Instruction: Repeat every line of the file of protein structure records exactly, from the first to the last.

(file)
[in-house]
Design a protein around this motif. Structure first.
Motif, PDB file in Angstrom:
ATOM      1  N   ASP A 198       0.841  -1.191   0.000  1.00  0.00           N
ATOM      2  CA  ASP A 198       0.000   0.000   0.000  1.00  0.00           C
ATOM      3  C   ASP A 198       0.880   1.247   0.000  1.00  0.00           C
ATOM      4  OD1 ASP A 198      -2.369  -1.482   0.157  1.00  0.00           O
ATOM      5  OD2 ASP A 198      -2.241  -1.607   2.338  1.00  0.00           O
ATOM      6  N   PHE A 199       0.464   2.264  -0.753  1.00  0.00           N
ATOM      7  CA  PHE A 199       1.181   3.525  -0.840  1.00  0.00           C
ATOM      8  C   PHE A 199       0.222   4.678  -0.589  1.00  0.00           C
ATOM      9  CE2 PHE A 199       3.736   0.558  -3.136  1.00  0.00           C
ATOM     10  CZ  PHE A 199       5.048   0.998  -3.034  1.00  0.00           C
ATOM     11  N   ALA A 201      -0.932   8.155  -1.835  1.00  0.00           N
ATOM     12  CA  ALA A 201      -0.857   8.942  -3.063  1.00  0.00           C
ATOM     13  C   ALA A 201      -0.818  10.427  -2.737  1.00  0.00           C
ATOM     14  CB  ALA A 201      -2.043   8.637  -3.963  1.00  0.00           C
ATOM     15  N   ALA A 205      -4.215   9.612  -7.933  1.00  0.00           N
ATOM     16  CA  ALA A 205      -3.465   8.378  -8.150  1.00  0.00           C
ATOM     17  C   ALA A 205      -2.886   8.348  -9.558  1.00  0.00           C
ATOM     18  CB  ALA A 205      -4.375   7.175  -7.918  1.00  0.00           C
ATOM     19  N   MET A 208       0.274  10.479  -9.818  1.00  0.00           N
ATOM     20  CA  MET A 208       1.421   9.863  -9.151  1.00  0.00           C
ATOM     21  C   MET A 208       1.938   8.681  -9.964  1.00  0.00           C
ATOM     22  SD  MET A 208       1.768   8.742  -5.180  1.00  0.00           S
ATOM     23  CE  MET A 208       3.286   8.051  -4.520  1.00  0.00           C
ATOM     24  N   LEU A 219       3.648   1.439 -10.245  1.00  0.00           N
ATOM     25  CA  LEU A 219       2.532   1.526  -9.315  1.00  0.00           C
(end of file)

[in-house]
Design a protein around this motif. Structure first.
Motif, PDB file in Angstrom:
ATOM      1  N   ASP A 198       0.841  -1.191   0.000  1.00  0.00           N
ATOM      2  CA  ASP A 198       0.000   0.000   0.000  1.00  0.00           C
ATOM      3  C   ASP A 198       0.880   1.247   0.000  1.00  0.00           C
ATOM      4  OD1 ASP A 198      -2.369  -1.482   0.157  1.00  0.00           O
ATOM      5  OD2 ASP A 198      -2.241  -1.607   2.338  1.00  0.00           O
ATOM      6  N   PHE A 199       0.464   2.264  -0.753  1.00  0.00           N
ATOM      7  CA  PHE A 199       1.181   3.525  -0.840  1.00  0.00           C
ATOM      8  C   PHE A 199       0.222   4.678  -0.589  1.00  0.00           C
ATOM      9  CE2 PHE A 199       3.736   0.558  -3.136  1.00  0.00           C
ATOM     10  CZ  PHE A 199       5.048   0.998  -3.034  1.00  0.00           C
ATOM     11  N   ALA A 201      -0.932   8.155  -1.835  1.00  0.00           N
ATOM     12  CA  ALA A 201      -0.857   8.942  -3.063  1.00  0.00           C
ATOM     13  C   ALA A 201      -0.818  10.427  -2.737  1.00  0.00           C
ATOM     14  CB  ALA A 201      -2.043   8.637  -3.963  1.00  0.00           C
ATOM     15  N   ALA A 205      -4.215   9.612  -7.933  1.00  0.00           N
ATOM     16  CA  ALA A 205      -3.465   8.378  -8.150  1.00  0.00           C
ATOM     17  C   ALA A 205      -2.886   8.348  -9.558  1.00  0.00           C
ATOM     18  CB  ALA A 205      -4.375   7.175  -7.918  1.00  0.00           C
ATOM     19  N   MET A 208       0.274  10.479  -9.818  1.00  0.00           N
ATOM     20  CA  MET A 208       1.421   9.863  -9.151  1.00  0.00           C
ATOM     21  C   MET A 208       1.938   8.681  -9.964  1.00  0.00           C
ATOM     22  SD  MET A 208       1.768   8.742  -5.180  1.00  0.00           S
ATOM     23  CE  MET A 208       3.286   8.051  -4.520  1.00  0.00           C
ATOM     24  N   LEU A 219       3.648   1.439 -10.245  1.00  0.00           N
ATOM     25  CA  LEU A 219       2.532   1.526  -9.315  1.00  0.00           C